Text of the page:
6. Monitoring Partners: in my experience it is worth keeping in contact with partners. Don’t assume they’re OK and getting on with it. Things happen: internal organisational politics, illness, changes to organisational/service structures. It is worth having a casual check-in on the phone. This is even more important with new partners.

7. Standards of quality: at Black Country Touring we want all users to have a ‘high quality’ experience. If this informs everything it results in conduct which is: professional, has integrity and is consistent. If we get this right it means stakeholders will come back for more: artists, participants, audience, partners, funders etc.

After this brief introduction and to open up the discussion and to hear of their key issues, I asked artists/participants present about their experience of delivering projects, their greatest challenges in project delivery and how they thought it could become easier.

Someone with very little experience asked me how I got started. This took me back down a long winding road. I first started managed a small project for Light House Media Centre in Wolverhampton in 1998. It involved co-ordinating video workshops as part of the Deaf Film and TV Festival. It was a small contract and I was provided with warm leads. I recall reading everything in an established project file to become informed about the Festival and the Deaf community. After this I felt equipped to proceed with the task. Projects are like building blocks. Since then projects have become larger and more complex with multi-agency partnerships, but it is what I did before that informs and gives confidence to the present and so on into the future.

For me it has been useful to read about Time Management and be exposed to other efficiency tools like SMART objectives. Some of these things resonate, others leave me cold. You have to identify what works for you and borrow from, and adapt other models as appropriate to develop your own style rather than trying to fit into something that may not suit you.

Bobby Tiwana
Freelance Producer (dance and theatre) and Project Manager (arts)

Driven by Curiosity

Like Bobby Tiwana I was one of the facilitators of the first Professional Development Programme Round Table event held at Apache’s Bar in October 2010. Each of the facilitators were considering different aspects that realted to the initiation and development of arts projects and I was asked to focus on working within unexpected places/ spaces/ partners.

The starting point for my discussion group was to talk openly about their practice and their personal motivations for making work. They all spoke very passionately about their work and I think everyone felt how good it is to share their experiences with their peers, other artists.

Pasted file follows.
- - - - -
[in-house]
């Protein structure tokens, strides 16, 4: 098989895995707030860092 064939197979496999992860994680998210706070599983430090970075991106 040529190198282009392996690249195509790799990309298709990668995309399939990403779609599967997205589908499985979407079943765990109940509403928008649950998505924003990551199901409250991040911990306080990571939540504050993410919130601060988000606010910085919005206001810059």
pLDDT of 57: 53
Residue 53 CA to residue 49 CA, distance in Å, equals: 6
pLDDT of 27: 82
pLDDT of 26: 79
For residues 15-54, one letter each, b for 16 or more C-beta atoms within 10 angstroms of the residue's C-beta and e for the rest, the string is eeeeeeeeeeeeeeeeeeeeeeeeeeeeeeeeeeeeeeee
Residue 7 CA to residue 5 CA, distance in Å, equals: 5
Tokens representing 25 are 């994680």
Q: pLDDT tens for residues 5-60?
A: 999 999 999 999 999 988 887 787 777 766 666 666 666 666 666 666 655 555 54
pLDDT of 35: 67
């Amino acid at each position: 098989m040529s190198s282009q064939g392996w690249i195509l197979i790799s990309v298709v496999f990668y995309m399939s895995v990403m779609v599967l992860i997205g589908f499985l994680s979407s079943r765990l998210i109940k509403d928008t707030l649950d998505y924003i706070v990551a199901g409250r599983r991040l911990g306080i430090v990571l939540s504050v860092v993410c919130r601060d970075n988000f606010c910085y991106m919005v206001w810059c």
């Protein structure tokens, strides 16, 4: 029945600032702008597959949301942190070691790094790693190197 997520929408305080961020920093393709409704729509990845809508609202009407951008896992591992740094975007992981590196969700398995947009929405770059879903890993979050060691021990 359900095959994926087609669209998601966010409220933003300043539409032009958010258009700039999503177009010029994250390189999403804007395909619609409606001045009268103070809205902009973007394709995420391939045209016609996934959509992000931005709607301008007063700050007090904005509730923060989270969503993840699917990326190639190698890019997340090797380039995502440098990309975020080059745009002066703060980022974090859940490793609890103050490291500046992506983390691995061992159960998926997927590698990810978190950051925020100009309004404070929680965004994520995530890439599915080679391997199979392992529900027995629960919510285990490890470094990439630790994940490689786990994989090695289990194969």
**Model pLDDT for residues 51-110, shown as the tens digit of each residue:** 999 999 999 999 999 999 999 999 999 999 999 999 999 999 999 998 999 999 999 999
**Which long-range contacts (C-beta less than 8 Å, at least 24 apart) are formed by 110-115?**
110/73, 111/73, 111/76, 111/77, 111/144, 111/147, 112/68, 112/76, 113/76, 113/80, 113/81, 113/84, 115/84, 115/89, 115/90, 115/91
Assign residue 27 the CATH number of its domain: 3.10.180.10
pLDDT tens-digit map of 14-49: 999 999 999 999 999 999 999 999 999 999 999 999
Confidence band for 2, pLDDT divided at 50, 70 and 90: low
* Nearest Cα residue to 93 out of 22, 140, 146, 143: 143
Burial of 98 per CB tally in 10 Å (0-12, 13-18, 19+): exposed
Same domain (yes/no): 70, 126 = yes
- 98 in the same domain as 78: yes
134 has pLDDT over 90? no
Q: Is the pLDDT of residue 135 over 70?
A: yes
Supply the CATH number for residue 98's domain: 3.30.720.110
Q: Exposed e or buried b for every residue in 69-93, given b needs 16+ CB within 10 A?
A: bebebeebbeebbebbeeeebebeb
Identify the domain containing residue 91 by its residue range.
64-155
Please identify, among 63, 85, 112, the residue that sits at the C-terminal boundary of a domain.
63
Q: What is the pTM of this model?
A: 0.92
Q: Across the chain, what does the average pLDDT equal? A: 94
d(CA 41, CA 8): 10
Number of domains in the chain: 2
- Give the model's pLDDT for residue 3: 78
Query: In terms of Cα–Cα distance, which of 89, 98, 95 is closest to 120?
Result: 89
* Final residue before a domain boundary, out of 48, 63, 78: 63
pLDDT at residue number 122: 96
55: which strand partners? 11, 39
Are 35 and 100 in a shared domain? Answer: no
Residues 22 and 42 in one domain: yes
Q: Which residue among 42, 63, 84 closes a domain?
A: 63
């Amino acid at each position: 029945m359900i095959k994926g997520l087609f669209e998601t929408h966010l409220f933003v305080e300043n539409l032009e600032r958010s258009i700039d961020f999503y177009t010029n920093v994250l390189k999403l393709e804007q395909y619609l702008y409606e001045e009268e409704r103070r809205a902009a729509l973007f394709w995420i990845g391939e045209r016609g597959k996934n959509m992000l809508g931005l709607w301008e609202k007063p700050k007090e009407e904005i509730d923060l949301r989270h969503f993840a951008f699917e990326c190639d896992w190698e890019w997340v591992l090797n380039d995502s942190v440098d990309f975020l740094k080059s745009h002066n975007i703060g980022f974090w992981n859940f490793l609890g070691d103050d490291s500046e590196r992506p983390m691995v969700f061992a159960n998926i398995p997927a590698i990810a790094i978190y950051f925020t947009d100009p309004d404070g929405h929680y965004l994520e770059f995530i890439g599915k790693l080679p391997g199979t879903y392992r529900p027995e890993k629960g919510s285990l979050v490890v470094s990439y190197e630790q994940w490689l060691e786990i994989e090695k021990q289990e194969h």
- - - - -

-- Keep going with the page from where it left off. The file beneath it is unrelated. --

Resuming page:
Although they had differing approaches, interests and concerns one of things that emerged that was common to all of them was talking about how their work was 'driven by their own curiosity'- their curiosity about the world, a personal exploration into their own subjectivity and experimenting with the materials available to them to express how they related to people, communities and the material world.

We talked about how important it was to harness this 'curiosity' in order to develop productive relationships with potential sponsors, patrons, commissioners and partners. If we want to make our creativity the centre of our professional life - the way we want to primarily earn a living - then we need to negotiate in a way that results in a 'win-win' for artist and commissioner and make 'smart' decisions.

One of the key learning point that came out of our lively discussion was the importance of being able to locate the common interest between oneself as a creative practitioner and the desires/demands of the commissioner. Easier said than done, but a skill that will get you a long way!

I'm really looking forward to the next round table event.

Trevor Pitt
Artist-Curator / founder of POD Projects / www.podprojects.org

PANEL PRESENTATION & AUDIENCE DISCUSSION, Monday 13th December 2

PANEL PRESENTATION & AUDIENCE DISCUSSION, Monday 13th December 2010, 4.30 – 6.30pm, at Hybrid

Our second panel addresses the theme of working with young people and training.  

Refreshments will be provided.  

Speakers on the panel all worked on a project with young people who used the services at Lozells Youth Club.  The lead arts organisation is the very hip Punch, lead artist DJ extraordinaire RT and youth worker par excellence Abu Miah.  

The panel explores the thinking behind delivering youth focused creative projects, how to deliver work with young people, how to challenge existing frameworks and deliver key objectives, how do projects develop – how might you go about developing your own projects, and find innovative ways of doing work!  

The desired learning is that you, as artists/ project co-ordinators, can develop projects and produce high quality participatory work.   

BCC Professional Development Programme

Project Development was the theme of the first BCC (Birmingham City Council) Professional Development Programme Round Table event managed by Hybrid at Apache’s Bar last month.

Developing projects working within arts organisations is the strand that I facilitated using my own experience to illustrate and explore different ways to realise projects.

A starting point for the team (me and the organisations with which I work) is what interests us... and to dream! This is soon followed by how can we make this happen? What partnerships do we need to develop to realise this? Who would be interested in this work? What are their needs and motivations? Who would be interested in funding this work? It takes a fair bit of planning and development to get things off the ground.

The more ambitious the work the more partners are usually involved, each working to their own area of expertise. I describe successful partnerships as a type of marriage. They require respect, openness, trust, compromise and negotiation. They can be fluid and synergistic, or not...

When starting out partnerships may seem daunting. Talking to, and getting to know others helps. It is important to talk about your work and find out what others do. Your network of all the people you know in all walks of life is, I believe, the difference between having ideas and realising your ideas.

Bobby Tiwana
Freelance Producer (dance and theatre) and Project Manager (arts)